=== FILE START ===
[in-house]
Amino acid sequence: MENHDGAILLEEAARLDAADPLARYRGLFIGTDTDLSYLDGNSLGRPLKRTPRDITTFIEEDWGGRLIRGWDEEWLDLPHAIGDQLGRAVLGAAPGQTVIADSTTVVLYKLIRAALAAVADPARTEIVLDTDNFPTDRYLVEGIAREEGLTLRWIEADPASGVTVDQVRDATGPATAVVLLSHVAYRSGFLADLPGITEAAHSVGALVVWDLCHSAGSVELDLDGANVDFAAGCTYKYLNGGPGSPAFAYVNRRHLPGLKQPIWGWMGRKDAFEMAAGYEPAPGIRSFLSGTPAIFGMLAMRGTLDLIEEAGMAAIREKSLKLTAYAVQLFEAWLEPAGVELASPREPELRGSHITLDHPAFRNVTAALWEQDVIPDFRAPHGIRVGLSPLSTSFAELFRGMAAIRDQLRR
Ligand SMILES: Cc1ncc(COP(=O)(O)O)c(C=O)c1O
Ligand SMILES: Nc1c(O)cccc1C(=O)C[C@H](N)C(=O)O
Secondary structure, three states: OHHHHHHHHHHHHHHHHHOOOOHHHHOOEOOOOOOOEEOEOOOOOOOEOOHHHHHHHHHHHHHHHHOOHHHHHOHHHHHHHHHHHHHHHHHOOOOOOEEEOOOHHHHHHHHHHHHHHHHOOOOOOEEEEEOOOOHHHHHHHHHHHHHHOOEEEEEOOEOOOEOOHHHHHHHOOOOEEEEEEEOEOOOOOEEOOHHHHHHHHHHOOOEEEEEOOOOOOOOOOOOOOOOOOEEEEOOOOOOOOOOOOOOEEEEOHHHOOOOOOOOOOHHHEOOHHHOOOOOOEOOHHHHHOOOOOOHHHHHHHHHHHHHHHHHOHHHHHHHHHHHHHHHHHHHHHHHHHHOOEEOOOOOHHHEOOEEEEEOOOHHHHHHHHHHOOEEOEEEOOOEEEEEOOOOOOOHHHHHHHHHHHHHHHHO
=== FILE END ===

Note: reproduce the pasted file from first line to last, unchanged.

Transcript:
[in-house]
Amino acid sequence: MENHDGAILLEEAARLDAADPLARYRGLFIGTDTDLSYLDGNSLGRPLKRTPRDITTFIEEDWGGRLIRGWDEEWLDLPHAIGDQLGRAVLGAAPGQTVIADSTTVVLYKLIRAALAAVADPARTEIVLDTDNFPTDRYLVEGIAREEGLTLRWIEADPASGVTVDQVRDATGPATAVVLLSHVAYRSGFLADLPGITEAAHSVGALVVWDLCHSAGSVELDLDGANVDFAAGCTYKYLNGGPGSPAFAYVNRRHLPGLKQPIWGWMGRKDAFEMAAGYEPAPGIRSFLSGTPAIFGMLAMRGTLDLIEEAGMAAIREKSLKLTAYAVQLFEAWLEPAGVELASPREPELRGSHITLDHPAFRNVTAALWEQDVIPDFRAPHGIRVGLSPLSTSFAELFRGMAAIRDQLRR
Ligand SMILES: Cc1ncc(COP(=O)(O)O)c(C=O)c1O
Ligand SMILES: Nc1c(O)cccc1C(=O)C[C@H](N)C(=O)O
Secondary structure, three states: OHHHHHHHHHHHHHHHHHOOOOHHHHOOEOOOOOOOEEOEOOOOOOOEOOHHHHHHHHHHHHHHHHOOHHHHHOHHHHHHHHHHHHHHHHHOOOOOOEEEOOOHHHHHHHHHHHHHHHHOOOOOOEEEEEOOOOHHHHHHHHHHHHHHOOEEEEEOOEOOOEOOHHHHHHHOOOOEEEEEEEOEOOOOOEEOOHHHHHHHHHHOOOEEEEEOOOOOOOOOOOOOOOOOOEEEEOOOOOOOOOOOOOOEEEEOHHHOOOOOOOOOOHHHEOOHHHOOOOOOEOOHHHHHOOOOOOHHHHHHHHHHHHHHHHHOHHHHHHHHHHHHHHHHHHHHHHHHHHOOEEOOOOOHHHEOOEEEEEOOOHHHHHHHHHHOOEEOEEEOOOEEEEEOOOOOOOHHHHHHHHHHHHHHHHO